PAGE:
This week in my review of Christopher Hitchens, “God is not Great,” I will look at what Hitchens calls the “four irreducible objections to religious faith.” According to him religious faith “wholly misrepresents the origins of man and the cosmos, that because of this original error it manages to combine the maximum of servility with the maximum of solipsism, that it is both the result and the cause of dangerous sexual repression, and that it is ultimately grounded on wish-thinking.” (p 4)
One immediate objection to these objections, is that Hitchens is committing a mistake common to so many atheist critiques, which is that these objections don’t really apply to religion as a general concept for religion is simply too diverse. They really apply mainly to Christianity. But casting them in terms of religion in general allows the atheist to talk of the problems of one religion as if they apply to all religions.
Frankly, it is hard to apply them even to all of Christianity. For example, Hitchens first objection is that religious faith misrepresent the origins of man and the cosmos. Yet within Christianity, there is a whole range of opinions on origins, from a special creation in 7 days all the way to views that are virtually indistinguishable from those held by Hitchens, except that they would ultimately say that God was behind it all.
Now perhaps Hitchens considers merely attributing the origin of man and the Cosmos to God as objectionable, but even here there are problems. One huge problem is that scientist can’t explain the origins of man or the cosmos, and as I describe in my book Evidence for the Bible there are serious problems explaining how the process started in the first place.
Similar problems apply to his second objection, that religion combines “the maximum of servility with the maximum of solipsism.” Frankly it is not even clear how this really applies to Christianity, much less religion in general. Granted the NT does teach that we are servants of Christ, but I find this hard to square with Hitchens’ claim that this is the maximum of servility as our position is also the Children of God who can say of God “Abba Father.” (Romans 8:15-16) As for his claim that religion is at the same time, the maximum of solipsism, or extreme egocentrism, this is a complete mystery. One could try to guess at what he means, but an argument that has to be guessed at is hardly a cogent one.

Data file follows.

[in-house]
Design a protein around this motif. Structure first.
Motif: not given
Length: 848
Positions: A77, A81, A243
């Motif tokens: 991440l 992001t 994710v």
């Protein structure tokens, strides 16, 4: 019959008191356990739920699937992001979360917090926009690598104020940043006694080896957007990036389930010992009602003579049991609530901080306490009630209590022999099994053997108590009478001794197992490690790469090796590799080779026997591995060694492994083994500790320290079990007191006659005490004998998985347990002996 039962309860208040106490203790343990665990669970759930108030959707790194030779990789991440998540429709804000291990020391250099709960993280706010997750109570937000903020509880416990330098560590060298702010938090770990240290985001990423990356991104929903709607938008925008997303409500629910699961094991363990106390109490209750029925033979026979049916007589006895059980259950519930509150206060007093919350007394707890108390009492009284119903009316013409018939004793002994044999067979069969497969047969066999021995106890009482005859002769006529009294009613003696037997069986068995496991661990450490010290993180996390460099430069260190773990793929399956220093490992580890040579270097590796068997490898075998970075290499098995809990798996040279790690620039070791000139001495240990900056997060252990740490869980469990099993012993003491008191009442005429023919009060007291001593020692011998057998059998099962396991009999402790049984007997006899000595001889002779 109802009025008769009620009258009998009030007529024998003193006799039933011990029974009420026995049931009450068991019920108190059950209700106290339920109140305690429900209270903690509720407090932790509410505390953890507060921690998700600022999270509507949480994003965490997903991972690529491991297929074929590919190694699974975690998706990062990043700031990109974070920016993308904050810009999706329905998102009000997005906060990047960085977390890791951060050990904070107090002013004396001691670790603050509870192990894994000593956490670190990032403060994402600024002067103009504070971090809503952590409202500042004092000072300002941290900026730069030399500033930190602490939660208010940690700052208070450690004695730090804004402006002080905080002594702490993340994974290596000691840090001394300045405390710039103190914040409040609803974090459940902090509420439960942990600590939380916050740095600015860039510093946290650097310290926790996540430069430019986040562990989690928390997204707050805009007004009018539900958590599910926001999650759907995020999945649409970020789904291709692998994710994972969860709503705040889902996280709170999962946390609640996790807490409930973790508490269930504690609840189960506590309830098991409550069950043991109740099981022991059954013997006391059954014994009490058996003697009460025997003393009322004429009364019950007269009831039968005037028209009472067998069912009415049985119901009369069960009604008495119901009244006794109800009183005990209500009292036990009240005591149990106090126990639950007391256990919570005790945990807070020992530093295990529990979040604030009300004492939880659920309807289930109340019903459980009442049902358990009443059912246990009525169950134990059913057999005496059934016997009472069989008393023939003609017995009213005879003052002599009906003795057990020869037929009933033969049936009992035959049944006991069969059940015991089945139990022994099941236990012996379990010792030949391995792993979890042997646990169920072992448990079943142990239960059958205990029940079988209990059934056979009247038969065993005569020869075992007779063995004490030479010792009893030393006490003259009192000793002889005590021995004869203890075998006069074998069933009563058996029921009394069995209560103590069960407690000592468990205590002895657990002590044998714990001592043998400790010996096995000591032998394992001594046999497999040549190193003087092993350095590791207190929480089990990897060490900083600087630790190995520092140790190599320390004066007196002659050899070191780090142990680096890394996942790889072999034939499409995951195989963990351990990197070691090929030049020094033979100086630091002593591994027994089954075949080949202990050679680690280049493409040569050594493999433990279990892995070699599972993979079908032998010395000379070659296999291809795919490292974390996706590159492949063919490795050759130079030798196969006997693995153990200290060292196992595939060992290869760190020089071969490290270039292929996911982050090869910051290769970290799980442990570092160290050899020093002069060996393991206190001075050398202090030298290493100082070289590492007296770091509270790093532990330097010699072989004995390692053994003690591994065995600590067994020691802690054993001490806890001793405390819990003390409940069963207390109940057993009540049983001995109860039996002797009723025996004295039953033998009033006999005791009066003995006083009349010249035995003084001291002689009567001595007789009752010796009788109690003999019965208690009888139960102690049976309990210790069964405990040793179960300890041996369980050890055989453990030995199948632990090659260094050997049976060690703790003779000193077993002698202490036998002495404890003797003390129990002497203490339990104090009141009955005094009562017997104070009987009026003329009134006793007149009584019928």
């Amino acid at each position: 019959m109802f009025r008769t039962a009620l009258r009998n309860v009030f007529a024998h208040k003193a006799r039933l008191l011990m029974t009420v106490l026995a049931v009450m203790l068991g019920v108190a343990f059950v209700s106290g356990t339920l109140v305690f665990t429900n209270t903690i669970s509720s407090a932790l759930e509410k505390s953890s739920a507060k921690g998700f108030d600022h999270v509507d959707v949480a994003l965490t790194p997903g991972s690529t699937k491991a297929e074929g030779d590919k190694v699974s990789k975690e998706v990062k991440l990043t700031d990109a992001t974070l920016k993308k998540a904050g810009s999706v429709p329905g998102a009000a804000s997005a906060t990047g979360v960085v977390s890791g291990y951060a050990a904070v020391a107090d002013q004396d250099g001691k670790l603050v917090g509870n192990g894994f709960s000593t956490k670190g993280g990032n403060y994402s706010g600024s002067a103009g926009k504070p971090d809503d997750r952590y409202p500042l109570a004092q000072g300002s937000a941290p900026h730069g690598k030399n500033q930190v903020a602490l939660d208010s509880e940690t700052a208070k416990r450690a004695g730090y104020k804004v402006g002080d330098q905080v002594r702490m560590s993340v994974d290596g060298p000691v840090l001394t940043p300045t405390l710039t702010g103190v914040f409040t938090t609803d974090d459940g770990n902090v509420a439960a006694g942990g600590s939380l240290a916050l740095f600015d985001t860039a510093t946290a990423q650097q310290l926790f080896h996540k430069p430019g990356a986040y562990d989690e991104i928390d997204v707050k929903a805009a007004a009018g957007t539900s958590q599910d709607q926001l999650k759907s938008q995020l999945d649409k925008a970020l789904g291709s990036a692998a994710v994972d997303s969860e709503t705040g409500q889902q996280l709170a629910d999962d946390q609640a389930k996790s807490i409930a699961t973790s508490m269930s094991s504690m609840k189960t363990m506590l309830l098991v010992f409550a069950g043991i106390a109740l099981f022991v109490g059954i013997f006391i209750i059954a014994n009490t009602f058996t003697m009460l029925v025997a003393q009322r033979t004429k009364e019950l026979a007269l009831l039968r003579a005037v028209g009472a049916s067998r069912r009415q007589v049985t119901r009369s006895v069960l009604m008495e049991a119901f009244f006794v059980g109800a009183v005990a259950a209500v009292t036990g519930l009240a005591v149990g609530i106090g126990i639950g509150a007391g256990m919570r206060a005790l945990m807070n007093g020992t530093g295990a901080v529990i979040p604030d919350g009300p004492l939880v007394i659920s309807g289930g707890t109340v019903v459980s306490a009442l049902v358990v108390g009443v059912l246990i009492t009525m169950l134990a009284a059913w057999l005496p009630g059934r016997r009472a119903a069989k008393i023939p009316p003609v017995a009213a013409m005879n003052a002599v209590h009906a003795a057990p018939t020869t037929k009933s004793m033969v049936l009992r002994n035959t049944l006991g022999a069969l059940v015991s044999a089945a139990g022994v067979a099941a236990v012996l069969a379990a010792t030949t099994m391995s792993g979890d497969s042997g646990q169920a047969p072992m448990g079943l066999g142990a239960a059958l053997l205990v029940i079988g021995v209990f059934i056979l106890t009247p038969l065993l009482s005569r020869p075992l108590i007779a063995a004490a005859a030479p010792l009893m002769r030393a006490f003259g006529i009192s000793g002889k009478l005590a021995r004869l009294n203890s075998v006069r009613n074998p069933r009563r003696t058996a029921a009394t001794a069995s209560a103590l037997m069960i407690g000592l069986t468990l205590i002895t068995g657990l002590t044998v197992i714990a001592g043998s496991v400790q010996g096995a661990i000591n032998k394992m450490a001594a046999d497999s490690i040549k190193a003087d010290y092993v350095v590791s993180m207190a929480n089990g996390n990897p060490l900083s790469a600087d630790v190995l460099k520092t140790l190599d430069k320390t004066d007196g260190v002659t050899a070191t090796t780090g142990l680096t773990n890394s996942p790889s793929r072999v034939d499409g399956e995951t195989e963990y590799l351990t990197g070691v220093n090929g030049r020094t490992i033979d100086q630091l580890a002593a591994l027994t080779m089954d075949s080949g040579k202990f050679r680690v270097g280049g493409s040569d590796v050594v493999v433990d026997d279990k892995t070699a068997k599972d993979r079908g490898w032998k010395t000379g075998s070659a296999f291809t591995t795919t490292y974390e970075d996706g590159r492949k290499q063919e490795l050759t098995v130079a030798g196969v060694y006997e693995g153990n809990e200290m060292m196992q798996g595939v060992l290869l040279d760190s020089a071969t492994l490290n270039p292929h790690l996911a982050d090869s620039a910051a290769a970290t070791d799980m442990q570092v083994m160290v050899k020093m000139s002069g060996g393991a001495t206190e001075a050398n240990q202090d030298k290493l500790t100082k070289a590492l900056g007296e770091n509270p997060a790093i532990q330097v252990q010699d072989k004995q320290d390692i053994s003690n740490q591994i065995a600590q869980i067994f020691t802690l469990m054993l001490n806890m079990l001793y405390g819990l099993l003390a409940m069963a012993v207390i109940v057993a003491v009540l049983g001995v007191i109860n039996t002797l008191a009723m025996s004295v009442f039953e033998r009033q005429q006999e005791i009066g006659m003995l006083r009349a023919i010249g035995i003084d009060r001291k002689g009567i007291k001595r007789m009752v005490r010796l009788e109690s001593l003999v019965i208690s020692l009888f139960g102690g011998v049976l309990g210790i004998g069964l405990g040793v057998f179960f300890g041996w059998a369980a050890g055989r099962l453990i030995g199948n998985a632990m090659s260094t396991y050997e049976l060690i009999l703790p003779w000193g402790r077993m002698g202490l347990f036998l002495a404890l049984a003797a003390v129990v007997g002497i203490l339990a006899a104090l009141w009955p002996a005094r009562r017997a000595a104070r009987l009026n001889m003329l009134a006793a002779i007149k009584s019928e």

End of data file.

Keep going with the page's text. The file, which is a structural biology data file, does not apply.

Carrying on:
Hitchens third objection is “that it is both the result and the cause of dangerous sexual repression.” Again his one size fits all objection, hardly fits at all. After all can one really describe some of the other first century religions whose worships centered around visits to the temple prostitute, as sexually repressed? Sure, an over regulation of sex has been a feature of some religions, and some forms of Christianity, but some is not all.
There is also the problem that what constitutes sexual repression is somewhat of a relative concept. For some any restrictions on sex is “sexual repression.” Is saying that sex should be restricted to the confines of marriage, sexual repression? We are certainly seeing the results of 40 years of sexual freedom, and they are not good. The breaking of the link between sex and marriage, has resulted in a huge increase in single parent households and the problems they bring. And often it is the children who often suffer the most.
Contrary to the modern myths, men and women are different, and sex can have consequences. According to a study by the Centers for Disease Control released this week, one in four teenagers, aged 14–19 has at least one sexually transmitted disease. In African-American girls the rate is 50%. And the study did not even include all sexually transmitted diseases. According to an article in the Baltimore Sun “There are 19 million sexually transmitted diseases in the United States – costing the health care system $15 billion a year – and almost half occur among the 14 to 25 age group.” And this is with modern medicine, antibiotics, and birth control. Given all these problems and we have only mentioned a couple, is it really all that unreasonable to think that when God said that sex should be only between a husband and wife, that perhaps he was not just trying to be a killjoy, but perhaps he really did have our best interests in mind?
Hitchens fourth objection is that religious faith is ultimately grounded on wish-thinking. There is a rational problem with considering this an objection to religious faith, because it tends to be circular. The purpose of Hitchens objections is to say that religious false. But to say something is grounded on wish-thinking is to say that something is false. Thus, Hitchens is basically saying that religious faith is false, because it is false which is a circular argument and thus irrational.
So Hitchens four irreducible objections to religious faith, are hardly even sound objections to religious faith in general, much less Christianity in particular. That he sees them as some insight into religion is sad.
This is Elgin Hushbeck, asking you to Consider Christianity: a Faith Based on Fact.